18 Jan 2018 16:29 IST

China's rebound misses serious foreign money

Foreigners have delivered support through roaring demand for exports

The economic recovery in 2017 is feeding complacency among Chinese officials. Yet while overseas money pours into stocks and bonds, this cash doesn’t boost efficiency the way long-term foreign direct investment does — and China remains highly inefficient.

Full-year GDP data on Thursday is likely to show growth quickening for the first time in seven years to 6.9 per cent, based on recent comments from Prime Minister Li Keqiang. Analysts expect a slight fourth-quarter dip to 6.7 per cent.

Foreigners have delivered support through roaring demand for exports, and buying Chinese securities. But FDI, once a major reform driver, has lost economic force.

Official FDI data is unreliable, and includes large inflows from Hong Kong, which is part of China. Monthly flows slid for most of 2017, before a statistically convenient $19 billion spike in November put the figure back into the black. A few huge acquisitions worth could have done it, but those tend to be publicised. Eikon data shows only $2.3 billion of deals completed by non-Hong Kong foreign firms for the whole year.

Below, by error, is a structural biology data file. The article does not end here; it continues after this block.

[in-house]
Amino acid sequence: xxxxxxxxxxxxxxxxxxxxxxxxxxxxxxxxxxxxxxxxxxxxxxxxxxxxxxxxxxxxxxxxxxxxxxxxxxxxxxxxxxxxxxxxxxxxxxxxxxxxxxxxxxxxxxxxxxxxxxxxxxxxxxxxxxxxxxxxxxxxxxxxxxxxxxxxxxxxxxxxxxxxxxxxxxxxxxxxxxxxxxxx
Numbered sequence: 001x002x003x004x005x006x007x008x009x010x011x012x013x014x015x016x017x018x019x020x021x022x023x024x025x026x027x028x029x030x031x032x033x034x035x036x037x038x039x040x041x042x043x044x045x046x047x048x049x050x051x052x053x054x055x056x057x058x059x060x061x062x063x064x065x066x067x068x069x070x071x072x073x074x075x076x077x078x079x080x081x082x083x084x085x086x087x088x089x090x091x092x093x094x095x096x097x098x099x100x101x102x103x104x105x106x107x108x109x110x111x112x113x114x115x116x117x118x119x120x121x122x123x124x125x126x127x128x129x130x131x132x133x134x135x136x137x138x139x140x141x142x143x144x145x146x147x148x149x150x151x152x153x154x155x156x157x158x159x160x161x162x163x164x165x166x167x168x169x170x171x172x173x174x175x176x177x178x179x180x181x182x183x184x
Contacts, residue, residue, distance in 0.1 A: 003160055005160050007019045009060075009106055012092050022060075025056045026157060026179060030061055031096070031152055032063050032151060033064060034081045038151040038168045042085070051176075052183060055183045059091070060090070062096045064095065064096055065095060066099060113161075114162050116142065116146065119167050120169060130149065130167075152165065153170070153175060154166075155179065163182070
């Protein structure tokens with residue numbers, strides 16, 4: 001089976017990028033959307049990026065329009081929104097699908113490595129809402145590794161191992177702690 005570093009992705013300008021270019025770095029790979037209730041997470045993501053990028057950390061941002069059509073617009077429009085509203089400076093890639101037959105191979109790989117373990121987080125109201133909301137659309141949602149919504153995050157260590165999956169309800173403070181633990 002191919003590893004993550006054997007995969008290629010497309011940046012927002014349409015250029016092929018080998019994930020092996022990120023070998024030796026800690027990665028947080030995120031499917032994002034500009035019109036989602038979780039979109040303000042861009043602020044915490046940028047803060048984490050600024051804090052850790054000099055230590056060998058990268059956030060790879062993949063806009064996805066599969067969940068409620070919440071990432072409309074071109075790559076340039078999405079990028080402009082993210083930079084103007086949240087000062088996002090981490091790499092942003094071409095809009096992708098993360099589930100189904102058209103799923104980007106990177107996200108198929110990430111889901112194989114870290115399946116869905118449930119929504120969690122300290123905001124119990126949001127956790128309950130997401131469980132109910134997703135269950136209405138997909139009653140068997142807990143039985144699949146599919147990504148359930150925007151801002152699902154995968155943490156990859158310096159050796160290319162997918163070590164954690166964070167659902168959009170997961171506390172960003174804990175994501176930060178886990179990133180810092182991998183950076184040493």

Economists also think the figures capture too much investment by Chinese firms disguised as offshore entities, sometimes on instruction from local officials. Attracting international capital to pet projects validates the schemes’ attractiveness, and serves as a bureaucratic performance metric.

Meanwhile, foreign investment in fixed assets such as machinery, buildings and software has cooled since 2013; surveys by foreign chambers of commerce reflect intense pessimism; and lawyers scratch their heads when asked about big inbound buys.

That is likely to hurt productivity. Studies suggest foreign-invested firms generate an outsized proportion of output and net profit, and use capital more efficiently than credit-addicted domestic peers.

Beijing continues to make small moves to attract foreign investment into strategic sectors. But the Made in China 2025 programme explicitly plans to replace international products with domestic brands. Costs have risen, laws are onerous, and the Communist Party is inserting itself into boardrooms.

China may regret overseas executives’ loss of enthusiasm. As US President Donald Trump prepares a raft of aggressive anti-China measures, the American corporate lobby, once reliably pro-engagement, seems benumbed. And almost nothing is less efficient than a trade war.

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